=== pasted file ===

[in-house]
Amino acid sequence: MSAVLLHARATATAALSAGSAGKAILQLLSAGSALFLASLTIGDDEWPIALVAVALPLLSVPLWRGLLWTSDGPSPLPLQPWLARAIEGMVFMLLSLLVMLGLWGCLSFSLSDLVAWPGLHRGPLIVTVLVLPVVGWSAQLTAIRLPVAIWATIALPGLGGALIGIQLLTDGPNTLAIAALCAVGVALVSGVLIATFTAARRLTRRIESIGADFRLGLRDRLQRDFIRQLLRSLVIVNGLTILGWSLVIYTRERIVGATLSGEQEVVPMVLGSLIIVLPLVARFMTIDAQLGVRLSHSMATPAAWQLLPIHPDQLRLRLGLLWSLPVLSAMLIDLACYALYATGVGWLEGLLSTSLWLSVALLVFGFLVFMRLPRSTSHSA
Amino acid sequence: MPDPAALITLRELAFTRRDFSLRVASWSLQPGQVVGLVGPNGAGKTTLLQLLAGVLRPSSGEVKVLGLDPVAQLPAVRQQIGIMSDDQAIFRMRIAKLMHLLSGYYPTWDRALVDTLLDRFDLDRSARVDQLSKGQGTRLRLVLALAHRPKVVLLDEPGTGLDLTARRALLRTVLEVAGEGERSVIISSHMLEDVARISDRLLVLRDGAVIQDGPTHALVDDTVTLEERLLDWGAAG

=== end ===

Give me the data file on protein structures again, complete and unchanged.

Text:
[in-house]
Amino acid sequence: MSAVLLHARATATAALSAGSAGKAILQLLSAGSALFLASLTIGDDEWPIALVAVALPLLSVPLWRGLLWTSDGPSPLPLQPWLARAIEGMVFMLLSLLVMLGLWGCLSFSLSDLVAWPGLHRGPLIVTVLVLPVVGWSAQLTAIRLPVAIWATIALPGLGGALIGIQLLTDGPNTLAIAALCAVGVALVSGVLIATFTAARRLTRRIESIGADFRLGLRDRLQRDFIRQLLRSLVIVNGLTILGWSLVIYTRERIVGATLSGEQEVVPMVLGSLIIVLPLVARFMTIDAQLGVRLSHSMATPAAWQLLPIHPDQLRLRLGLLWSLPVLSAMLIDLACYALYATGVGWLEGLLSTSLWLSVALLVFGFLVFMRLPRSTSHSA
Amino acid sequence: MPDPAALITLRELAFTRRDFSLRVASWSLQPGQVVGLVGPNGAGKTTLLQLLAGVLRPSSGEVKVLGLDPVAQLPAVRQQIGIMSDDQAIFRMRIAKLMHLLSGYYPTWDRALVDTLLDRFDLDRSARVDQLSKGQGTRLRLVLALAHRPKVVLLDEPGTGLDLTARRALLRTVLEVAGEGERSVIISSHMLEDVARISDRLLVLRDGAVIQDGPTHALVDDTVTLEERLLDWGAAG